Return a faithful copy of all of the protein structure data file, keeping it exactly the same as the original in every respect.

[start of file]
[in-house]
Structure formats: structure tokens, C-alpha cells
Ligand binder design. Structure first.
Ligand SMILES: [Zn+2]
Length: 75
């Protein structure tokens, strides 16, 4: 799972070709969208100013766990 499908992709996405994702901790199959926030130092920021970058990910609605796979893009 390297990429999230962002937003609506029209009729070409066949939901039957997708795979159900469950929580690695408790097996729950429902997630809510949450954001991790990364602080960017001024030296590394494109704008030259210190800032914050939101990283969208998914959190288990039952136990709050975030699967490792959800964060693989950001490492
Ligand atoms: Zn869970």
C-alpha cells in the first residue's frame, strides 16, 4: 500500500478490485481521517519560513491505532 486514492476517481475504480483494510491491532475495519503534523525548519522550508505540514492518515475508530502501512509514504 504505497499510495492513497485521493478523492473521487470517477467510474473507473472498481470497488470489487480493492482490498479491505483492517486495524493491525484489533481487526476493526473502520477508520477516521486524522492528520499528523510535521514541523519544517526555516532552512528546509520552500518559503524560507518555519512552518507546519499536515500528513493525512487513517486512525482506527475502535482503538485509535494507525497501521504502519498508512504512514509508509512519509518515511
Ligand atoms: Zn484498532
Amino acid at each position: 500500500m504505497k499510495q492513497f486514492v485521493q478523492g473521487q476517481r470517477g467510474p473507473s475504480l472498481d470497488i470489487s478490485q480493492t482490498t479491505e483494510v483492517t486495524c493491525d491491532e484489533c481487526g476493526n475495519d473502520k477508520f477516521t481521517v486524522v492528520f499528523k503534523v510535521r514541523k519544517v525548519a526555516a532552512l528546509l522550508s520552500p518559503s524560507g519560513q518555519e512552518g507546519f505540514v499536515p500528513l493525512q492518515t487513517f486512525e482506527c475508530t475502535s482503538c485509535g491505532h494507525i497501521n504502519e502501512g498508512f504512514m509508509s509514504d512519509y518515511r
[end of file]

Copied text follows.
[in-house]
Structure formats: structure tokens, C-alpha cells
Ligand binder design. Structure first.
Ligand SMILES: [Zn+2]
Length: 75
């Protein structure tokens, strides 16, 4: 799972070709969208100013766990 499908992709996405994702901790199959926030130092920021970058990910609605796979893009 390297990429999230962002937003609506029209009729070409066949939901039957997708795979159900469950929580690695408790097996729950429902997630809510949450954001991790990364602080960017001024030296590394494109704008030259210190800032914050939101990283969208998914959190288990039952136990709050975030699967490792959800964060693989950001490492
Ligand atoms: Zn869970």
C-alpha cells in the first residue's frame, strides 16, 4: 500500500478490485481521517519560513491505532 486514492476517481475504480483494510491491532475495519503534523525548519522550508505540514492518515475508530502501512509514504 504505497499510495492513497485521493478523492473521487470517477467510474473507473472498481470497488470489487480493492482490498479491505483492517486495524493491525484489533481487526476493526473502520477508520477516521486524522492528520499528523510535521514541523519544517526555516532552512528546509520552500518559503524560507518555519512552518507546519499536515500528513493525512487513517486512525482506527475502535482503538485509535494507525497501521504502519498508512504512514509508509512519509518515511
Ligand atoms: Zn484498532
Amino acid at each position: 500500500m504505497k499510495q492513497f486514492v485521493q478523492g473521487q476517481r470517477g467510474p473507473s475504480l472498481d470497488i470489487s478490485q480493492t482490498t479491505e483494510v483492517t486495524c493491525d491491532e484489533c481487526g476493526n475495519d473502520k477508520f477516521t481521517v486524522v492528520f499528523k503534523v510535521r514541523k519544517v525548519a526555516a532552512l528546509l522550508s520552500p518559503s524560507g519560513q518555519e512552518g507546519f505540514v499536515p500528513l493525512q492518515t487513517f486512525e482506527c475508530t475502535s482503538c485509535g491505532h494507525i497501521n504502519e502501512g498508512f504512514m509508509s509514504d512519509y518515511r